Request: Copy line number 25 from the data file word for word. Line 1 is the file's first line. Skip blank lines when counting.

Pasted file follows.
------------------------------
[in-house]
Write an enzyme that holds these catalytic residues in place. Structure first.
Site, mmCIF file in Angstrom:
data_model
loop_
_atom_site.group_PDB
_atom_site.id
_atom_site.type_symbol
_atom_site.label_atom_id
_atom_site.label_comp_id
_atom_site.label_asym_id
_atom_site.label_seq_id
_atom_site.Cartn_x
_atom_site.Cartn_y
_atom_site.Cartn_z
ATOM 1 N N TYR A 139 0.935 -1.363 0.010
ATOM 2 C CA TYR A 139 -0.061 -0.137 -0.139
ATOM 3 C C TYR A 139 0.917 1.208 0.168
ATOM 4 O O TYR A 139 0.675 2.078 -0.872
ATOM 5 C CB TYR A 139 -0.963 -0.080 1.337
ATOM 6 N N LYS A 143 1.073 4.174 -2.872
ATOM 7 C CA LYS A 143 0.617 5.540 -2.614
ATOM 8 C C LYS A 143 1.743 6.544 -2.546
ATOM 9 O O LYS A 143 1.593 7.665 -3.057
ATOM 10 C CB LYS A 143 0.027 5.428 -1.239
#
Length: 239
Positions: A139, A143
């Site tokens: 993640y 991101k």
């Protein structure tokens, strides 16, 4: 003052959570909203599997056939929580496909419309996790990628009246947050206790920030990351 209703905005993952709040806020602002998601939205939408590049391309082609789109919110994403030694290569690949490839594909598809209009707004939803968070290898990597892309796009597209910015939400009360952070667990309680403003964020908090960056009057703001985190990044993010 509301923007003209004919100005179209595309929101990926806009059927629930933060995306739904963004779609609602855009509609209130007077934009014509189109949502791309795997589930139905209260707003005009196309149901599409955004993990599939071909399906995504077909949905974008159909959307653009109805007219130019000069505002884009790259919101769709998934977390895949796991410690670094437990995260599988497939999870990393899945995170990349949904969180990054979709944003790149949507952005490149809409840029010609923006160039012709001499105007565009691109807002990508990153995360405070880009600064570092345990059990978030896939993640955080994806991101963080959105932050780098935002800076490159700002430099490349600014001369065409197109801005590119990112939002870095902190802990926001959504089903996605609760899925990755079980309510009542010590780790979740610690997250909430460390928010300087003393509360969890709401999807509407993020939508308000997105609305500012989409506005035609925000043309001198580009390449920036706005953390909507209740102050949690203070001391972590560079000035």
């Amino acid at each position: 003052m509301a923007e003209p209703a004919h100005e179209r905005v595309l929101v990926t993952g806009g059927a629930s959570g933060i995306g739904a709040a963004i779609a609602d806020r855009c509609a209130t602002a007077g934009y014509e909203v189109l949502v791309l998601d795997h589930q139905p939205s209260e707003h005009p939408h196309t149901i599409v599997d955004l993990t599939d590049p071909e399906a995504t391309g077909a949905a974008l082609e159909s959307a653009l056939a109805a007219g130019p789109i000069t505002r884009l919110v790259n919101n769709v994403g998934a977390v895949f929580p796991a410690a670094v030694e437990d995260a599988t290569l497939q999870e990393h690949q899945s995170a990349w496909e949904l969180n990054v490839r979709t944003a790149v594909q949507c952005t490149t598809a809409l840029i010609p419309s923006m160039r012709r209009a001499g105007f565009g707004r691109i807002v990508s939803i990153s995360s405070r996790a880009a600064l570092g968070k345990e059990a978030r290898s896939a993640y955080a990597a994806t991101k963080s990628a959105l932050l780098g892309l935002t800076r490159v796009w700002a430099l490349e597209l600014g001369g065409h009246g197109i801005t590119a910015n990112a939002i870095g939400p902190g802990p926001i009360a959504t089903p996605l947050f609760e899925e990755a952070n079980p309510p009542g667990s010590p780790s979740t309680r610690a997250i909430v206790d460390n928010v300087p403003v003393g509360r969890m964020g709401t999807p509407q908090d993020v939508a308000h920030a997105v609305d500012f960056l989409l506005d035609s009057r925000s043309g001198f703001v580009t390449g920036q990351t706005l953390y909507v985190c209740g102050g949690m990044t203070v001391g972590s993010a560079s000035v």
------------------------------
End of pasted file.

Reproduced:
ATOM 10 C CB LYS A 143 0.027 5.428 -1.239